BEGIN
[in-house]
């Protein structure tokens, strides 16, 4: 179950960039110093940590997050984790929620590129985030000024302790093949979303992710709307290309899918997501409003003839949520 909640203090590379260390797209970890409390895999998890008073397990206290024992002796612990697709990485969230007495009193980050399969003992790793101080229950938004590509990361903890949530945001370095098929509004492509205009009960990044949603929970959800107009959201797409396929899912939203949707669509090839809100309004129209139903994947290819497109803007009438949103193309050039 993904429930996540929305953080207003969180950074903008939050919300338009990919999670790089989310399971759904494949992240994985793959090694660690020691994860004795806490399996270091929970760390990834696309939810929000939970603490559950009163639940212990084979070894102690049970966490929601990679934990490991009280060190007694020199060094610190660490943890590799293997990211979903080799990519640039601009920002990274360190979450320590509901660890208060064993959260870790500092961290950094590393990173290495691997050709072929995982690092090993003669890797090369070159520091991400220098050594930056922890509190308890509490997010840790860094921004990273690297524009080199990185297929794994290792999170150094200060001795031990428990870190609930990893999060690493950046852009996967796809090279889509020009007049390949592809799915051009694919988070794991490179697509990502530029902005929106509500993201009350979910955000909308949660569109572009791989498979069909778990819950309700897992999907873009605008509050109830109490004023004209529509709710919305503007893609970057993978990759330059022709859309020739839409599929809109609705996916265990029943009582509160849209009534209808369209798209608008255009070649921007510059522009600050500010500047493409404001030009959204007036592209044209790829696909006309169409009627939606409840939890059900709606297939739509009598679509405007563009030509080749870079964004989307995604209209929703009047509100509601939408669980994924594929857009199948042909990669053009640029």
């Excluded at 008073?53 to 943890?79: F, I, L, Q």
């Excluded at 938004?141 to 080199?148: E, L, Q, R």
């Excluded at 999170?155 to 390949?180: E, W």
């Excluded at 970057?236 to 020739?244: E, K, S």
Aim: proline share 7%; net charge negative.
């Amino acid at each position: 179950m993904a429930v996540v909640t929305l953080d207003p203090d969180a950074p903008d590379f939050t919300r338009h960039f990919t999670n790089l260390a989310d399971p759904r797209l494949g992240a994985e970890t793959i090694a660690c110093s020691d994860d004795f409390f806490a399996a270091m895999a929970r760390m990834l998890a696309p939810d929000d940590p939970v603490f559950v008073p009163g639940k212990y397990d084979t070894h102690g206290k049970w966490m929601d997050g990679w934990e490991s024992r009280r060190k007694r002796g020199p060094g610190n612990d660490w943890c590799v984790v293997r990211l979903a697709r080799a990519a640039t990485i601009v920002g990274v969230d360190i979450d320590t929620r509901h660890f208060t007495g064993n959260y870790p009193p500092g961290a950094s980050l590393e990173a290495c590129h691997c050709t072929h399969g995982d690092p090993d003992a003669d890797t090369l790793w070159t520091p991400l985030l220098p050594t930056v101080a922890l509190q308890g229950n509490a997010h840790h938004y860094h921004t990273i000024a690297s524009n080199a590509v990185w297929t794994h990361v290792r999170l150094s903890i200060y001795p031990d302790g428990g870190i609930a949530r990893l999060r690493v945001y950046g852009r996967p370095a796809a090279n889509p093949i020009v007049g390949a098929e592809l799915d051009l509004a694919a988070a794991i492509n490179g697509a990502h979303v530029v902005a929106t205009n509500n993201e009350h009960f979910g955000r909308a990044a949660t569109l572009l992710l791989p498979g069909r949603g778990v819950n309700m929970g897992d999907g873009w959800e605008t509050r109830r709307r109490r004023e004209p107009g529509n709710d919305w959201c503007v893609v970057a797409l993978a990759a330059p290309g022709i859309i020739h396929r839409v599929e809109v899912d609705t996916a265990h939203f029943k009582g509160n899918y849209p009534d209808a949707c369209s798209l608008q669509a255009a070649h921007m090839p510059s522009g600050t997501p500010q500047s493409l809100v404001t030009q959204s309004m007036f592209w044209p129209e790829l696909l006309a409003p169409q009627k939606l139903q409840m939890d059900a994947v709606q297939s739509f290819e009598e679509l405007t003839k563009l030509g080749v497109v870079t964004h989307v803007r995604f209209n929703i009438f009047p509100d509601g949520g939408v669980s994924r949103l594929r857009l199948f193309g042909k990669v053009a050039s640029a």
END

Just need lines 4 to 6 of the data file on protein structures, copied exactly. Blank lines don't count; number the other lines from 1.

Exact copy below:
């Excluded at 938004?141 to 080199?148: E, L, Q, R």
């Excluded at 999170?155 to 390949?180: E, W």
């Excluded at 970057?236 to 020739?244: E, K, S």